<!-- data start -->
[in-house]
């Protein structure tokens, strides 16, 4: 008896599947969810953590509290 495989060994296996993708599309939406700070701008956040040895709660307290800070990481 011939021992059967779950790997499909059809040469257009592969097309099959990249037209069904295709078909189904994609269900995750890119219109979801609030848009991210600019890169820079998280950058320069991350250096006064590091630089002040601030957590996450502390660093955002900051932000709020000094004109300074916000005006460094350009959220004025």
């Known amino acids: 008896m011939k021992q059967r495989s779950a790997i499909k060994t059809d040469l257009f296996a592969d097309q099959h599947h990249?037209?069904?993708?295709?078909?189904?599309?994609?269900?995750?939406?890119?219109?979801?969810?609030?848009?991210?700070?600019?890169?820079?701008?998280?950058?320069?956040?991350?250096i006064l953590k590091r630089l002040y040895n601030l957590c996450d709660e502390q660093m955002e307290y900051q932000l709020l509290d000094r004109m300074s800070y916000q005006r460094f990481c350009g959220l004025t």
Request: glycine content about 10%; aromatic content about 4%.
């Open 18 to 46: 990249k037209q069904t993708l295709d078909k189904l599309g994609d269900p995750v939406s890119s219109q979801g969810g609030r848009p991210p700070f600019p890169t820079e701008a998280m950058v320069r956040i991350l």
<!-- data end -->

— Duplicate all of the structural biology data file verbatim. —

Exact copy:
[in-house]
């Protein structure tokens, strides 16, 4: 008896599947969810953590509290 495989060994296996993708599309939406700070701008956040040895709660307290800070990481 011939021992059967779950790997499909059809040469257009592969097309099959990249037209069904295709078909189904994609269900995750890119219109979801609030848009991210600019890169820079998280950058320069991350250096006064590091630089002040601030957590996450502390660093955002900051932000709020000094004109300074916000005006460094350009959220004025």
């Known amino acids: 008896m011939k021992q059967r495989s779950a790997i499909k060994t059809d040469l257009f296996a592969d097309q099959h599947h990249?037209?069904?993708?295709?078909?189904?599309?994609?269900?995750?939406?890119?219109?979801?969810?609030?848009?991210?700070?600019?890169?820079?701008?998280?950058?320069?956040?991350?250096i006064l953590k590091r630089l002040y040895n601030l957590c996450d709660e502390q660093m955002e307290y900051q932000l709020l509290d000094r004109m300074s800070y916000q005006r460094f990481c350009g959220l004025t």
Request: glycine content about 10%; aromatic content about 4%.
């Open 18 to 46: 990249k037209q069904t993708l295709d078909k189904l599309g994609d269900p995750v939406s890119s219109q979801g969810g609030r848009p991210p700070f600019p890169t820079e701008a998280m950058v320069r956040i991350l």